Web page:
I have just managed to book Gagnaire for an engagement dinner next month. I feel as though I've read every single chowhound 'What's the best 3*' threat going but I thought I might as well ask for some specific advice.
Is there anything not to be missed? The Grand Desserts? Is the menu degustation the way to go?
It's very hard to know what to budget for, I was hoping to keep it around 750EUR - is this going to require careful wine choices or is just plain impossible? I know the tasting manu is 265EUR.
Finally, this may sound weird, but to anyone who has been: how obvious is the restaurant upon walking into the Hotel Balzac? Are we talking Marcus Wareing where you could wander through the Berkeley oblivious or is it right there in front of you as soon as you walk in the door?
One other quick question - I've read some reviews which suggest that literally everything at Gagnaire is in French. My French is pretty good, although not perfect, but my girlfriend speaks none at all (and it's her who is the real foodie).
Will this be an issue or are the waiters going to be happy to explain the dishes and ingredients in English?
You should be able to do two Menu Degustation plus a bottle of decent for wine 750E. Make sure you skip the champagne (25E per glass) and apertives (about 17E per glass). If this is your first time, I would apt for the Menu rather than ala carte which will not save you any euros. The Menu Degustation will include the Grand Desserts and also a cheese course (not the all one can eat cart) but a plate that will compliment the rest of the menu.
The "Market Dejeune Menu" is worth the 105E but it does not compare with his full Menu Degustation. And since you've budget 750E, I would go for the Menu Degustation if you want the full Pierre Gagnaire experience.
The Hotel Balzac is a small beautiful hotel. The restaurant has a separate entrance next to the hotel main entrance. Upon entering, one walk through a corridor before reaching the single dining room. The dining room has a nice open feel (not palace at all like Le Meurice or over the top of Le Cinq). Tables are set nicely apart and one can see the whole room regardless where one sits. There a few tables on the few step up alcove which can be quite desirable. Couple years ago when I pleaded a reservation when they were fully booked, they were nice enough to set up a table just outside in the corridor where we had the most wonderful time. The only "hotel" feel is that the bathrooms are quite a walk from the dining room.
Thanks so much everyone for your help, I really appreciate it. From what PBSF and others at said I'm fairly hopeful we might be able to check into the Hotel Balzac late afternoon and her not immediately clock what we will be doing that evening!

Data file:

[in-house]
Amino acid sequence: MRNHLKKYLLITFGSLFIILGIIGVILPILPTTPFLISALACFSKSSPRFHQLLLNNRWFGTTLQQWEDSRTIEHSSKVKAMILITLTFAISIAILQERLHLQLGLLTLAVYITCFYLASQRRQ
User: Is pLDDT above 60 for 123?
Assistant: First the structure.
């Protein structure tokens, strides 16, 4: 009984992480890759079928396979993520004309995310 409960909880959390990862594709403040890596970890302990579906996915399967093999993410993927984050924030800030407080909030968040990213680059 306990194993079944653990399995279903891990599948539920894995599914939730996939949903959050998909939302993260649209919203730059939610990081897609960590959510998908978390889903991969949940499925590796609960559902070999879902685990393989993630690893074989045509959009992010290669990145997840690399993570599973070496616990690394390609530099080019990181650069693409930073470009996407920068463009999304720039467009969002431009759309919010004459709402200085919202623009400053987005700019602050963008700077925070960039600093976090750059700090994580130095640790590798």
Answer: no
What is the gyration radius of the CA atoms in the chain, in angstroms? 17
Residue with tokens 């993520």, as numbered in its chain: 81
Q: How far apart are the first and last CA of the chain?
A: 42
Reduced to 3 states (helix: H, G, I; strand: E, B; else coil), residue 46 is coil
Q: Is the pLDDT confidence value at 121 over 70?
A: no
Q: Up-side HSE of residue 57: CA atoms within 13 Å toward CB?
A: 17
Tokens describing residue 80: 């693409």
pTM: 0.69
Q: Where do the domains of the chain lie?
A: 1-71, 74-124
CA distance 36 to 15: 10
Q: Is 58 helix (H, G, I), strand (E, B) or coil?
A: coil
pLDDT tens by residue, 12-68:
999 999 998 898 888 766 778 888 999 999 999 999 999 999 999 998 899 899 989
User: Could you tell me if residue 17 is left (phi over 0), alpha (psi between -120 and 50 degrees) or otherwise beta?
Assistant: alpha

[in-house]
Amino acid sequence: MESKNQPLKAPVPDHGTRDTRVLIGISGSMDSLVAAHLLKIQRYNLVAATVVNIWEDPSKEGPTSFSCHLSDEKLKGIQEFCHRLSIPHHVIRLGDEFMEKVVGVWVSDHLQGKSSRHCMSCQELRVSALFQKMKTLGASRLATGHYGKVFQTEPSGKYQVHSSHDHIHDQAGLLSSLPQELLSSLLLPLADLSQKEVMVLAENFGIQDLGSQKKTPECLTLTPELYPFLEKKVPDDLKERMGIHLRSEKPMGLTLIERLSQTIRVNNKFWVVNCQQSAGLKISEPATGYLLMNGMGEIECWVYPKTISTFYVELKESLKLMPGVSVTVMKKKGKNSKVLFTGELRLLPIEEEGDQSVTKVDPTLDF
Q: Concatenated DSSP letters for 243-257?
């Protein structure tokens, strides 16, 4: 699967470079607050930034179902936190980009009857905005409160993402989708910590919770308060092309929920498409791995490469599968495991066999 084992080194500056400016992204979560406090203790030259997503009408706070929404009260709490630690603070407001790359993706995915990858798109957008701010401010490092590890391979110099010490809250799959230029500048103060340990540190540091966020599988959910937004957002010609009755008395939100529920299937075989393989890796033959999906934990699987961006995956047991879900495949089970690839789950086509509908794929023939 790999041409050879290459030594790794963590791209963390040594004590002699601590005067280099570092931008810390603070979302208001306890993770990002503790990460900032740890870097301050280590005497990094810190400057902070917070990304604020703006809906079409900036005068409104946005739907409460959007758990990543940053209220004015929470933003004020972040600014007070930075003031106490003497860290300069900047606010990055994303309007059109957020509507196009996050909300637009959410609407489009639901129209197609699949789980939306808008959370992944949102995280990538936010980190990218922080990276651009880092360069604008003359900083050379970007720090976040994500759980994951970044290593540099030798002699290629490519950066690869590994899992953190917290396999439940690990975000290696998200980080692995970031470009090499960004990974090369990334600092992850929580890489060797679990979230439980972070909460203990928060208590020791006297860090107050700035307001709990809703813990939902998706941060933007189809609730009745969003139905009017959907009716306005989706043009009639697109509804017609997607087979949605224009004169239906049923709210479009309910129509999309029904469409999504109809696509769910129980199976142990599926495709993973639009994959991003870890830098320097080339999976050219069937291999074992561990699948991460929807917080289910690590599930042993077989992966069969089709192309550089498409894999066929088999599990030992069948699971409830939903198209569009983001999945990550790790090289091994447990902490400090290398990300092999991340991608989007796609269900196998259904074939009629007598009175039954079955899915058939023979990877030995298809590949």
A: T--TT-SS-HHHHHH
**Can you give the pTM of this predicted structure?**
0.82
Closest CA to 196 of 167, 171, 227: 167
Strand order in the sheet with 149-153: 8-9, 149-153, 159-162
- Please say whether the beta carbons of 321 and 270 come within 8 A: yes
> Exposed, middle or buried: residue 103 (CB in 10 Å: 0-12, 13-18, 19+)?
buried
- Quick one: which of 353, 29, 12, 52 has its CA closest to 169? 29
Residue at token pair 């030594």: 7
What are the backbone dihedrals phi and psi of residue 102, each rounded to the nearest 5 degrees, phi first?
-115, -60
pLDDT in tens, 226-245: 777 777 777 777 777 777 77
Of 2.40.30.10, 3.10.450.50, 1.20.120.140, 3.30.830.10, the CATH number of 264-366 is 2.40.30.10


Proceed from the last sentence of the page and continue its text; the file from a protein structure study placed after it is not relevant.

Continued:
Thanks also for the help on the menu, it seems like degustation is the easiest way to go unless anything particularly grabs our attention.
I'd say go a la carte. It's at least as much food, and found it better, but I've only been twice.
Langoustines is an amazing appetizers (yes with an "s" as they bring about 100 dishes at the same time).
I like the cheeses, too.
750 EUR a la carte is doable, but you may have to scratch your head to manage that, yes.
My two meals, for two, with two glasses of champagne, one bottle of champagne, two glasses of red wine cost me 800 (menu) and 850 EUR (à la carte, with appetizers, mains, cheeses and dessert) respectively. Ouch.
I'm going next week; I will report.
I've asked the same kind of questions on eGullet (where there is an extensive discussion about PG), did not receive real "definitive" answer. since I'm going at lunch time, my options are a bit more varied (AFAIK).
There are conflicting reports as to go with the set menus (lunch or degustation) or "A la Carte"
I was aiming at doing the lunch menu and add a cheese course before deserts.
But the "Menu Chasse" that looks very nice.
But knowing me, I will leave aside all menu considerations and mostly decide depending on what I want to drink (which is a lot harder to decide in advance because there is not a lot of info about the wine list on the interwebz).
As for the restaurant in relation to the hotel, I always ask to the doorman anyway.
Thanks to both of you. She obviously doesn't know about any of it but I was wondering whether it would be possible for us to check in to the hotel without her noticing the restaurant as that may affect whether I tell her where we're going beforehand or keep it a surprise.
I will wait to hear a report from you Max, many thanks.